Language and the Law

Communication difficulties impact all aspects of life. Besides affecting decisions relating to education, work and social relations, communication difficulties also impact the ability to make informed legal choices, e.g. acknowledging guilt or maintaining innocence.

 

However currently there is no legislation relating to special measures for vulnerable defendants and suspects. As a result, many go through the justice system not understanding the process, what is being said or the impact of the court proceedings. Vulnerable witnesses are provided for by the Ministry of Justice’s Witness Intermediary Scheme which offers Registered Intermediaries to assist at investigation and trial. There is no similar national scheme for suspects and defendants and therefore there is disparity in terms of access to the legal process between these vulnerable groups. 

 

Although Section 104 of the Coroners and Justice Act does allow for examination of a vulnerable defendant by an intermediary, it has not been implemented as yet. Appreciating this inconsistency, some judges have allowed for defendants to be examined using an intermediary e.g. R v Sevenoaks Youth court [2009] EWHC where the judge ruled that, “steps are necessary to ensure that the defendant has a fair trial, not just during the proceedings, but beforehand”.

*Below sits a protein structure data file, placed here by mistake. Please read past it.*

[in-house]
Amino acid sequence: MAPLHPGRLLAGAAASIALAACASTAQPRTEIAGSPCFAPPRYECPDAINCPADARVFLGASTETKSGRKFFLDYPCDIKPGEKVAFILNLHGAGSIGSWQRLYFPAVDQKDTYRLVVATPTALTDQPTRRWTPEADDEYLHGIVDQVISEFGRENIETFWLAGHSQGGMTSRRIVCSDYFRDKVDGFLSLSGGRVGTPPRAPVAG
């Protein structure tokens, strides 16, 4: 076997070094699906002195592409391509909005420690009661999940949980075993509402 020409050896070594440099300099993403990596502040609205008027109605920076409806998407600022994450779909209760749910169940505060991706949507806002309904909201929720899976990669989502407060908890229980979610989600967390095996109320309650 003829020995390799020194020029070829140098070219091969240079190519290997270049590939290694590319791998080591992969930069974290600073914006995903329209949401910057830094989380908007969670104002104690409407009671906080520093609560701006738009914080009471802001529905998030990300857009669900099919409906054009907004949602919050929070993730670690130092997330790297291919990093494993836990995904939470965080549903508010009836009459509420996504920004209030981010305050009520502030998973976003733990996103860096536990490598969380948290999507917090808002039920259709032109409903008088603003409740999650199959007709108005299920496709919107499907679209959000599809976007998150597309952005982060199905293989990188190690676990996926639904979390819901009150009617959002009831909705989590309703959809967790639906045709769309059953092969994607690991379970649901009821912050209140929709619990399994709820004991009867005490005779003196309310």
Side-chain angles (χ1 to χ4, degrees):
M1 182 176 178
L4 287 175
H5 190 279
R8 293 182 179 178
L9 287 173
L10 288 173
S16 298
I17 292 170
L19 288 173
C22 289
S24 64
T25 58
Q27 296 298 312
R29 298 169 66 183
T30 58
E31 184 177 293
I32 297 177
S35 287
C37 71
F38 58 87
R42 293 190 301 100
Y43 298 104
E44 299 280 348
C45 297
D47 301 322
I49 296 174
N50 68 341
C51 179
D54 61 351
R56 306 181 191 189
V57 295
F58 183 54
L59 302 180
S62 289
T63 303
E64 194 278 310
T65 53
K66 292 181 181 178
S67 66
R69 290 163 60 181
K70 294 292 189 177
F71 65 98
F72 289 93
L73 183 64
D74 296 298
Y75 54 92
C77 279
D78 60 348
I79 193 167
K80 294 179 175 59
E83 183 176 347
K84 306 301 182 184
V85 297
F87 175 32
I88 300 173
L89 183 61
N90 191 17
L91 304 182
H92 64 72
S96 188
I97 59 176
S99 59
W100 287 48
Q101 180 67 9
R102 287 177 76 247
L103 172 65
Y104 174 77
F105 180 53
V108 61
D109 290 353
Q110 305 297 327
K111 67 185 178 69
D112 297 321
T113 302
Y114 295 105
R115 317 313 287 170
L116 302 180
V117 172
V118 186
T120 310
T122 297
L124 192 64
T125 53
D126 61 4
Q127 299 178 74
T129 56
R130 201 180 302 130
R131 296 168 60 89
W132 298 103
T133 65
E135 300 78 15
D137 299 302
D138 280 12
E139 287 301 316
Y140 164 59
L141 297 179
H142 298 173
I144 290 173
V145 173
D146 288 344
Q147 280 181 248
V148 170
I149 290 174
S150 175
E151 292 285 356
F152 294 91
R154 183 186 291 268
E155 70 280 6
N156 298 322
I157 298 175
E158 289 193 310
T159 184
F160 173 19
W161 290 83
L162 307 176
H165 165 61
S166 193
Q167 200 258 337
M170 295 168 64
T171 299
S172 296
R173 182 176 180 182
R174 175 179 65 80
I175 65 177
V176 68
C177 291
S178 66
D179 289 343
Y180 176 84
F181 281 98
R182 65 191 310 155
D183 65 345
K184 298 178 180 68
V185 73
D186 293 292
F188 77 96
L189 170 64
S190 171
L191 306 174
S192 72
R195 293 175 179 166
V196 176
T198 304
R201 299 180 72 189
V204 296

It is encouraging that Courts are increasingly catering for the communication and interaction needs of other vulnerable people in courts so their access to the Justice System is equitable.